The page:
Tag Archives: Player Types

Player Profiles: the Complete Dissertation

So I recently graduated an I can now make my finished dissertation available to the public. I know some people are going to wonder about the games that I made as part of Study 2. I will be posting videos with side by side comparisons of the Competitor and Fantasizer versions as soon as I get a chance. Otherwise, here is a good resource if you ever need something to help you sleep 🙂 Abstract below and a link to the pdf at the bottom.

VIDEO GAME PLAYER PROFILES:

BRIDGING INDUSTRY, GAME STUDIES AND SOCIAL SCIENCE PERSPECTIVES

Abstract

For decades, game designers and game studies experts have largely sought to understand video game players through a lens of experience and observation. Meanwhile, social science research has focused on the empirical understanding of video game players using a variety of psychological constructs. This study focuses on the creation and evaluation of Player Profiles, a theoretical framework which builds upon both the experience and knowledge of game designers and game studies academics with the empirical research of social scientists. This bridge establishes seven different Player Profiles: Competitor, Explorer, Socializer, Challenger/ Achiever, Escaper, and Stimulation Seeker. Two studies are presented, investigating the validity of the Player Profile Framework and examining its potential use in game design to increase learning and engagement in educational games for adolescents. A large scale survey of adults and small scale survey of adolescents were conducted. Participants completed validated measures of goal orientation, personality aspects, and video game uses and gratification. Additional questionnaires included the Player Profile Questionnaire (PPQ) and a measure of preferred video game features. A model-based cluster analysis of the adult sample revealed implications for cultural differences in player profiles as well as indications that players exhibit multiple player profiles. Analysis of the PPQ establishes the first significant empirical link between game design experience and the psychological constructs examined, also revealing a consistency between adolescents and adults. A second study asked adolescents from study 1 to play two learning games, each featuring prominent game design features intended for a specific profile, Competitor or Fantasizer. Although results were mixed, players who met the criteria for the Fantasizer profile scored significantly higher on the posttest of the Force Fantasy game than those who did not. Results establish the potential of the Player Profile Framework and create a foundation for future research.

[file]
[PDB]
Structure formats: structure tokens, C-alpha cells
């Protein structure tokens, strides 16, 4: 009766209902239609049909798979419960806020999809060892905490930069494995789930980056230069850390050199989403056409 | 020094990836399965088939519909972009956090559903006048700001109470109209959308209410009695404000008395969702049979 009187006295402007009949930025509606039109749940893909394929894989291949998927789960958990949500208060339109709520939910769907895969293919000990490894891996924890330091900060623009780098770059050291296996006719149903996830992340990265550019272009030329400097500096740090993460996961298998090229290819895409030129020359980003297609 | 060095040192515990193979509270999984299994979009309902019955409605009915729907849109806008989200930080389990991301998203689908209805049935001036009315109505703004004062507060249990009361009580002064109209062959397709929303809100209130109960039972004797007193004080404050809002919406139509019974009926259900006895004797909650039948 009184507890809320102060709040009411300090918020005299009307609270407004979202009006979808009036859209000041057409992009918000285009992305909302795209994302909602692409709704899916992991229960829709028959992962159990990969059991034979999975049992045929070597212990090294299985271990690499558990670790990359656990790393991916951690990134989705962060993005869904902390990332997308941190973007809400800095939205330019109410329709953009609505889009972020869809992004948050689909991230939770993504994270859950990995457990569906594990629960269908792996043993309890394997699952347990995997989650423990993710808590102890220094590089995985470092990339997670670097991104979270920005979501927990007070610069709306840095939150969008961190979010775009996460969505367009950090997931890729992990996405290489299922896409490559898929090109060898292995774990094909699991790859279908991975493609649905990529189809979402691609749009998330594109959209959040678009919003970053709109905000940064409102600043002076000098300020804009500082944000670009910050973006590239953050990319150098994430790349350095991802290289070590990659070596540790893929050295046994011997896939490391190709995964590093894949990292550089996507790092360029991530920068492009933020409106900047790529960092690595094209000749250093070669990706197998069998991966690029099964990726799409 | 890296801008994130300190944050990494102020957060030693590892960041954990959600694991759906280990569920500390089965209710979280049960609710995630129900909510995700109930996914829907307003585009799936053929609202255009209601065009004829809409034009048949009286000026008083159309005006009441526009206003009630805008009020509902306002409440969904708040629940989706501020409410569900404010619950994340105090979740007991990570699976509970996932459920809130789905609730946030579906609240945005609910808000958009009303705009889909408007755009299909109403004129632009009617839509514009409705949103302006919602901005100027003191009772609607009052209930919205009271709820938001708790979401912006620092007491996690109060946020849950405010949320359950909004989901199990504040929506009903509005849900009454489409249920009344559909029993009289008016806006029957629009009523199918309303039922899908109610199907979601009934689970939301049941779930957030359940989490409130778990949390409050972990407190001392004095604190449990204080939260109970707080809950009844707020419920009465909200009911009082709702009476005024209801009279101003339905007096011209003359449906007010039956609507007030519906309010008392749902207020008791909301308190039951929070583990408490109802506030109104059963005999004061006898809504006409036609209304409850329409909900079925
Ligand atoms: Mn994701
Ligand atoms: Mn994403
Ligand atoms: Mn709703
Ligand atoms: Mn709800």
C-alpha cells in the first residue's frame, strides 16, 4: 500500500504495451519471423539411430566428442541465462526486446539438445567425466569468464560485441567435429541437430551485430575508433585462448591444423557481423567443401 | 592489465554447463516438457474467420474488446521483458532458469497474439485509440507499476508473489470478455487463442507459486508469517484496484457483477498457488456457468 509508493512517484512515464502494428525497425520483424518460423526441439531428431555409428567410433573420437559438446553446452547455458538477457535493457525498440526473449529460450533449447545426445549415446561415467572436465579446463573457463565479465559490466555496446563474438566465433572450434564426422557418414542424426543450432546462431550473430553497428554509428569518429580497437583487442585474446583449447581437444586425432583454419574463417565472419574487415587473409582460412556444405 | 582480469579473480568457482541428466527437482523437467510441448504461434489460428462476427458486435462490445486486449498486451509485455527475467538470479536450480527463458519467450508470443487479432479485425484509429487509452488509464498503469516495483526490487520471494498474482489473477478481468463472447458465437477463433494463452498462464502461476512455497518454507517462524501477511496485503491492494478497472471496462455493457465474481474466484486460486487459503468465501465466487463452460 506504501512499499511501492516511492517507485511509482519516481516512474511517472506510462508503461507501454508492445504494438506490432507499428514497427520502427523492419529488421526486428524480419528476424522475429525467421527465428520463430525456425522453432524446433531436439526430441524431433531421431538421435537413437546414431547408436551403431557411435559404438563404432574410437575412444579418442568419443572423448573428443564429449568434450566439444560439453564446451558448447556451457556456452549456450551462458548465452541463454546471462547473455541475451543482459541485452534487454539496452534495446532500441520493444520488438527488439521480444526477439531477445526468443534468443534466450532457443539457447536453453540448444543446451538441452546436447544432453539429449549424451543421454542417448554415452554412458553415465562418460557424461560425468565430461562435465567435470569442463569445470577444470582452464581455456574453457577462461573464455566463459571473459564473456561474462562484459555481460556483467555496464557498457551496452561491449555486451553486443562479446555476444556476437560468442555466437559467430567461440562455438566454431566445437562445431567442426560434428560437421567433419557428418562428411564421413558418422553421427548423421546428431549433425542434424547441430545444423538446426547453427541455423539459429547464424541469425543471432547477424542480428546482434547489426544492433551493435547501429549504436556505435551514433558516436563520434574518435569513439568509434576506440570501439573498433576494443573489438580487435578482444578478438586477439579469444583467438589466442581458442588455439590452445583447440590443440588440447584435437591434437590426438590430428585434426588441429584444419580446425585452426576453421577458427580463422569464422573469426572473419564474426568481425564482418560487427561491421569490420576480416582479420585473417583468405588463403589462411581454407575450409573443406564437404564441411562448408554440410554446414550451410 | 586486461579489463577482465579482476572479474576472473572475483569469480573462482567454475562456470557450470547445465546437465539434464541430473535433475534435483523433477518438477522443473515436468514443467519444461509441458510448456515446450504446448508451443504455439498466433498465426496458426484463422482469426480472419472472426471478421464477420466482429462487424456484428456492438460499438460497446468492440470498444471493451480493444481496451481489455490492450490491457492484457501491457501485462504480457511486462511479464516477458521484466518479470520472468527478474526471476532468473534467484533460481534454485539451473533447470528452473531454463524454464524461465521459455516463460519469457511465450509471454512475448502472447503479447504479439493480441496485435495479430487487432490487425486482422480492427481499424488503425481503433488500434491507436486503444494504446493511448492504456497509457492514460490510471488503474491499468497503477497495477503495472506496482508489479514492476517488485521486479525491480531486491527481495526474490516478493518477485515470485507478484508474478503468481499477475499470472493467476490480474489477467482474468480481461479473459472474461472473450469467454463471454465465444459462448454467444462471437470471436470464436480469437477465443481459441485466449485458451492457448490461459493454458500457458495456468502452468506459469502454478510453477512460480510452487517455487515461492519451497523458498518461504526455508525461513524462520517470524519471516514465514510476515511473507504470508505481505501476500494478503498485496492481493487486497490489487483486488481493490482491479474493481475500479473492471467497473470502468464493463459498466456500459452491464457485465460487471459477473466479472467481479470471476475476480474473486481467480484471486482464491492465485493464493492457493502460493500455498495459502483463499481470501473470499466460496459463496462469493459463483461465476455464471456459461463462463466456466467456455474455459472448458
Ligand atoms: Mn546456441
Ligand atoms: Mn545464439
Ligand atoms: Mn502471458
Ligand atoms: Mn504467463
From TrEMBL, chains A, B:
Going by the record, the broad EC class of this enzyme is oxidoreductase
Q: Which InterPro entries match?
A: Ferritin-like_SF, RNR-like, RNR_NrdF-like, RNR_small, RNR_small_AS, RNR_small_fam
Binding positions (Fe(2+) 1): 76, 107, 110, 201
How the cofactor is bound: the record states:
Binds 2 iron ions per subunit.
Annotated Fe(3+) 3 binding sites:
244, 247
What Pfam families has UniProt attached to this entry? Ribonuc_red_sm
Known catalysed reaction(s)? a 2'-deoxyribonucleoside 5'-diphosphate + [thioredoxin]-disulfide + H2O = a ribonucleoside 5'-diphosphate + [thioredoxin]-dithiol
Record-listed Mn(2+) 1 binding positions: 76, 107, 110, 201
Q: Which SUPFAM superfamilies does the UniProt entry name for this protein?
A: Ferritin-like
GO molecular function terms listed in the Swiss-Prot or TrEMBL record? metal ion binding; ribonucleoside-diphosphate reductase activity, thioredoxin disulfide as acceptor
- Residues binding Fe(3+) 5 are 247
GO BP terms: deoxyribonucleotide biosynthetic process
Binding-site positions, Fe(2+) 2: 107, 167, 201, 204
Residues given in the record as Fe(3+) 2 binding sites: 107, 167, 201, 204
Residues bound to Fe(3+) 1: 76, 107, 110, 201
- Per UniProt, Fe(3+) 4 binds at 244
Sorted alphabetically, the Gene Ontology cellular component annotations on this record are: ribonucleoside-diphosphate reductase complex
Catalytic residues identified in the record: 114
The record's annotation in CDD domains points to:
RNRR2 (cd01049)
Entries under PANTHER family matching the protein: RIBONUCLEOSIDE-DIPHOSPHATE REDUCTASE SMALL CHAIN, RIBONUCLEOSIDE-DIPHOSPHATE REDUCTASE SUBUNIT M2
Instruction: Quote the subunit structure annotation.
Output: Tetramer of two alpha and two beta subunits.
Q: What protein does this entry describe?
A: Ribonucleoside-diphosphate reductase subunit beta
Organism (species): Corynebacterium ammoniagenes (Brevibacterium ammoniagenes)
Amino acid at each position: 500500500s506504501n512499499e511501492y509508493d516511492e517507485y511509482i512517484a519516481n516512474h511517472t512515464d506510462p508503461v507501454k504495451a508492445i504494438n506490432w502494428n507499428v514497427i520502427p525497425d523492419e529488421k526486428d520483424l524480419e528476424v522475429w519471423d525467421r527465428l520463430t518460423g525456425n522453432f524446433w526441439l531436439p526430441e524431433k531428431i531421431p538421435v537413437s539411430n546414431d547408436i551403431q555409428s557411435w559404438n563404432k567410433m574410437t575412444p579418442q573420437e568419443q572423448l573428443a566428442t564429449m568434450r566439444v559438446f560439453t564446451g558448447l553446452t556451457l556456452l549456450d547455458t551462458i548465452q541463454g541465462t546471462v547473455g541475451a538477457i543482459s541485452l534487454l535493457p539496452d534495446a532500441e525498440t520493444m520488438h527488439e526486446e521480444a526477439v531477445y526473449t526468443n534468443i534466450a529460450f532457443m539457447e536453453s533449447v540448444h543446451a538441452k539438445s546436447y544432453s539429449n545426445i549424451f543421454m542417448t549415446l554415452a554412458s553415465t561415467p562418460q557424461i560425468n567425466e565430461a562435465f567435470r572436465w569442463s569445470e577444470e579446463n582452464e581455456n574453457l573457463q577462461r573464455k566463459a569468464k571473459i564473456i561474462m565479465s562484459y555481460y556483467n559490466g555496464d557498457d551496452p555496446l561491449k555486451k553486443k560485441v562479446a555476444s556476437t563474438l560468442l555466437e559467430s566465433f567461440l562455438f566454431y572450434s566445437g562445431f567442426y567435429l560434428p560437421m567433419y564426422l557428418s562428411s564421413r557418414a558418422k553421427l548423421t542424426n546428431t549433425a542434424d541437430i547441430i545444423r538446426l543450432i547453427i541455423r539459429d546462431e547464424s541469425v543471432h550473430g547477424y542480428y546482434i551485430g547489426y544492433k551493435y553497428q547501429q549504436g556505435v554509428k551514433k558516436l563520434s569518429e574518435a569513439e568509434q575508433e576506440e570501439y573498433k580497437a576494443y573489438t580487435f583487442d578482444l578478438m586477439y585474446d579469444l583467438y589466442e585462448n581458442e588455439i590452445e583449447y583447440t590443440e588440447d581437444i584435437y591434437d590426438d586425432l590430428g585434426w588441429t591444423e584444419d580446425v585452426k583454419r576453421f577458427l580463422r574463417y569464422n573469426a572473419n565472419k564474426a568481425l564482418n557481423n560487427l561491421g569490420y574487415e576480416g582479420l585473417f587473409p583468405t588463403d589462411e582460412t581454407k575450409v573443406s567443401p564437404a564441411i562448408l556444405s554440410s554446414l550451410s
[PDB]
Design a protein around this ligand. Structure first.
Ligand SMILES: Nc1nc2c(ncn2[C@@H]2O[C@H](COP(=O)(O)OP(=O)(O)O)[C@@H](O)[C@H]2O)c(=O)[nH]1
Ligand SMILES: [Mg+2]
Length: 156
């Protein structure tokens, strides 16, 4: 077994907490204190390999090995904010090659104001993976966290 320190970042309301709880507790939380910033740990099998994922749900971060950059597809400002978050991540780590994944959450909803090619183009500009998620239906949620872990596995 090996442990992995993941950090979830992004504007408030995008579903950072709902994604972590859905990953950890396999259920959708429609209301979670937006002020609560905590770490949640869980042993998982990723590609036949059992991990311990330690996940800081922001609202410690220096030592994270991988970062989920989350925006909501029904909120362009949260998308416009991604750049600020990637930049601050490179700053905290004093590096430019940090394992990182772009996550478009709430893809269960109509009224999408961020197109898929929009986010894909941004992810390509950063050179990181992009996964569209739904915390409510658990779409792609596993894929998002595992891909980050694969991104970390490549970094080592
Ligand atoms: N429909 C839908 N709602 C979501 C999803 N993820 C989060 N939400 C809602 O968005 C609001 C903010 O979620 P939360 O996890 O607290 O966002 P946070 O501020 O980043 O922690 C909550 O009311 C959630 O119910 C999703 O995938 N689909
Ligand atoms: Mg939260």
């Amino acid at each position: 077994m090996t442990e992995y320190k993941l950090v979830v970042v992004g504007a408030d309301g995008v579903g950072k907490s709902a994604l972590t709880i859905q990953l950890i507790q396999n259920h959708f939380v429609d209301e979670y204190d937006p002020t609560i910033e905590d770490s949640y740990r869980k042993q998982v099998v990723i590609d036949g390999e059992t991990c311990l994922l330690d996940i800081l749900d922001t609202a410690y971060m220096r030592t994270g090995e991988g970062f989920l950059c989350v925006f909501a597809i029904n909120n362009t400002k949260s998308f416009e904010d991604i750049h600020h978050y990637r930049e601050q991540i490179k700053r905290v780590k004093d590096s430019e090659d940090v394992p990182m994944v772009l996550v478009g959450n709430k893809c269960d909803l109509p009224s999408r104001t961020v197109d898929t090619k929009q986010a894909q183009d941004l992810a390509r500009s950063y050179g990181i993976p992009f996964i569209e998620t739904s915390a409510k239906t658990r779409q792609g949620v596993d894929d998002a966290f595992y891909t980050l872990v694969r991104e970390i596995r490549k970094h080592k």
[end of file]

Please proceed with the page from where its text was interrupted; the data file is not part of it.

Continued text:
Frye_Dissertation_Video Game Player Profiles

 

 

 

Feedback and Questions Certainly Welcome.

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